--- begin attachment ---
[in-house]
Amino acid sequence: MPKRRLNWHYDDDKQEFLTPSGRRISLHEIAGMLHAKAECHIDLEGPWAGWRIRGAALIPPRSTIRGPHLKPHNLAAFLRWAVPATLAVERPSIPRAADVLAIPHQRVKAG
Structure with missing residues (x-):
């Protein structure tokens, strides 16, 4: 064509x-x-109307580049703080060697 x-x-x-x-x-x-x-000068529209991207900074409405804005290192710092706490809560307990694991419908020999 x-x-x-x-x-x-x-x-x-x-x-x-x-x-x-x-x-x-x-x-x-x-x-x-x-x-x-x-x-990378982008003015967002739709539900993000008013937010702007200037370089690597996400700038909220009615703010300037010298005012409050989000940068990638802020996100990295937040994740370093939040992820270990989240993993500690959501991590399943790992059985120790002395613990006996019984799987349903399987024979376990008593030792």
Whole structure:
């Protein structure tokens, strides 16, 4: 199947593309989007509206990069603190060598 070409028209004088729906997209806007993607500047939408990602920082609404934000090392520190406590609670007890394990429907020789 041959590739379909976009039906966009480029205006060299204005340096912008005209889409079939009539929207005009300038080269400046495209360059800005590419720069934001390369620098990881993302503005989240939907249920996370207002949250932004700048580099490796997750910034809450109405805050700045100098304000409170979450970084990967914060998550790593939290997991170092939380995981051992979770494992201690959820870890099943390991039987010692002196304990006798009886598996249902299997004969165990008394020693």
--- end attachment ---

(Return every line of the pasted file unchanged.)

[in-house]
Amino acid sequence: MPKRRLNWHYDDDKQEFLTPSGRRISLHEIAGMLHAKAECHIDLEGPWAGWRIRGAALIPPRSTIRGPHLKPHNLAAFLRWAVPATLAVERPSIPRAADVLAIPHQRVKAG
Structure with missing residues (x-):
């Protein structure tokens, strides 16, 4: 064509x-x-109307580049703080060697 x-x-x-x-x-x-x-000068529209991207900074409405804005290192710092706490809560307990694991419908020999 x-x-x-x-x-x-x-x-x-x-x-x-x-x-x-x-x-x-x-x-x-x-x-x-x-x-x-x-x-990378982008003015967002739709539900993000008013937010702007200037370089690597996400700038909220009615703010300037010298005012409050989000940068990638802020996100990295937040994740370093939040992820270990989240993993500690959501991590399943790992059985120790002395613990006996019984799987349903399987024979376990008593030792």
Whole structure:
């Protein structure tokens, strides 16, 4: 199947593309989007509206990069603190060598 070409028209004088729906997209806007993607500047939408990602920082609404934000090392520190406590609670007890394990429907020789 041959590739379909976009039906966009480029205006060299204005340096912008005209889409079939009539929207005009300038080269400046495209360059800005590419720069934001390369620098990881993302503005989240939907249920996370207002949250932004700048580099490796997750910034809450109405805050700045100098304000409170979450970084990967914060998550790593939290997991170092939380995981051992979770494992201690959820870890099943390991039987010692002196304990006798009886598996249902299997004969165990008394020693």